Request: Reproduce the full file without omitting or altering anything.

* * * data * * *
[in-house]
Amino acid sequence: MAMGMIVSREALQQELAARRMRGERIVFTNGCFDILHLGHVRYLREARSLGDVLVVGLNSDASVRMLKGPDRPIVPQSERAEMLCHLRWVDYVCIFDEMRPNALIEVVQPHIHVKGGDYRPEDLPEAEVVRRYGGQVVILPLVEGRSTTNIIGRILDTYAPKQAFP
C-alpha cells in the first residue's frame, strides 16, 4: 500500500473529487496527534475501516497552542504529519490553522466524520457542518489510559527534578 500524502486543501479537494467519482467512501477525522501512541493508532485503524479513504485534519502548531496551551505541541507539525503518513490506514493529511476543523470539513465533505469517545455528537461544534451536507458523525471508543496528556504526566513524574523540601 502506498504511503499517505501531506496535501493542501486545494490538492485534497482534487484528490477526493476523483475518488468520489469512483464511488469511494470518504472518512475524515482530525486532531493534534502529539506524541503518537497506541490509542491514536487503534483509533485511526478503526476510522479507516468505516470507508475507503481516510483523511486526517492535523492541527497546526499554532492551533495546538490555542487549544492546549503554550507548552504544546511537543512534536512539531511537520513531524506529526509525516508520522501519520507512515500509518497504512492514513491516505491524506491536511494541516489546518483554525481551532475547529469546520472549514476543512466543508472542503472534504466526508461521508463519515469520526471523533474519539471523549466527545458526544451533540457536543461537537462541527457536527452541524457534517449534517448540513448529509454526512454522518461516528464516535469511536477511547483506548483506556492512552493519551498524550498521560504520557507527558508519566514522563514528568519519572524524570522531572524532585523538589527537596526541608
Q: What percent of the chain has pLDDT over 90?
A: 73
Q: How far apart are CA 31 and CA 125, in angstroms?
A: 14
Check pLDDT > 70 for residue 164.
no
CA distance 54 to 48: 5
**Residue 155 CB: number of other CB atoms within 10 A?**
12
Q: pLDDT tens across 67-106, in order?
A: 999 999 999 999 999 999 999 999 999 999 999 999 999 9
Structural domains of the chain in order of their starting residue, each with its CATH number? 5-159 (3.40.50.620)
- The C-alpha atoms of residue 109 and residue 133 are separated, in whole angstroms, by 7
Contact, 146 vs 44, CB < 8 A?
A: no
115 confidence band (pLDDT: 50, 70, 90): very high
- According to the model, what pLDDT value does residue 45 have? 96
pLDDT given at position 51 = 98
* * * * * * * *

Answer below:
[in-house]
Amino acid sequence: MAMGMIVSREALQQELAARRMRGERIVFTNGCFDILHLGHVRYLREARSLGDVLVVGLNSDASVRMLKGPDRPIVPQSERAEMLCHLRWVDYVCIFDEMRPNALIEVVQPHIHVKGGDYRPEDLPEAEVVRRYGGQVVILPLVEGRSTTNIIGRILDTYAPKQAFP
C-alpha cells in the first residue's frame, strides 16, 4: 500500500473529487496527534475501516497552542504529519490553522466524520457542518489510559527534578 500524502486543501479537494467519482467512501477525522501512541493508532485503524479513504485534519502548531496551551505541541507539525503518513490506514493529511476543523470539513465533505469517545455528537461544534451536507458523525471508543496528556504526566513524574523540601 502506498504511503499517505501531506496535501493542501486545494490538492485534497482534487484528490477526493476523483475518488468520489469512483464511488469511494470518504472518512475524515482530525486532531493534534502529539506524541503518537497506541490509542491514536487503534483509533485511526478503526476510522479507516468505516470507508475507503481516510483523511486526517492535523492541527497546526499554532492551533495546538490555542487549544492546549503554550507548552504544546511537543512534536512539531511537520513531524506529526509525516508520522501519520507512515500509518497504512492514513491516505491524506491536511494541516489546518483554525481551532475547529469546520472549514476543512466543508472542503472534504466526508461521508463519515469520526471523533474519539471523549466527545458526544451533540457536543461537537462541527457536527452541524457534517449534517448540513448529509454526512454522518461516528464516535469511536477511547483506548483506556492512552493519551498524550498521560504520557507527558508519566514522563514528568519519572524524570522531572524532585523538589527537596526541608
Q: What percent of the chain has pLDDT over 90?
A: 73
Q: How far apart are CA 31 and CA 125, in angstroms?
A: 14
Check pLDDT > 70 for residue 164.
no
CA distance 54 to 48: 5
**Residue 155 CB: number of other CB atoms within 10 A?**
12
Q: pLDDT tens across 67-106, in order?
A: 999 999 999 999 999 999 999 999 999 999 999 999 999 9
Structural domains of the chain in order of their starting residue, each with its CATH number? 5-159 (3.40.50.620)
- The C-alpha atoms of residue 109 and residue 133 are separated, in whole angstroms, by 7
Contact, 146 vs 44, CB < 8 A?
A: no
115 confidence band (pLDDT: 50, 70, 90): very high
- According to the model, what pLDDT value does residue 45 have? 96
pLDDT given at position 51 = 98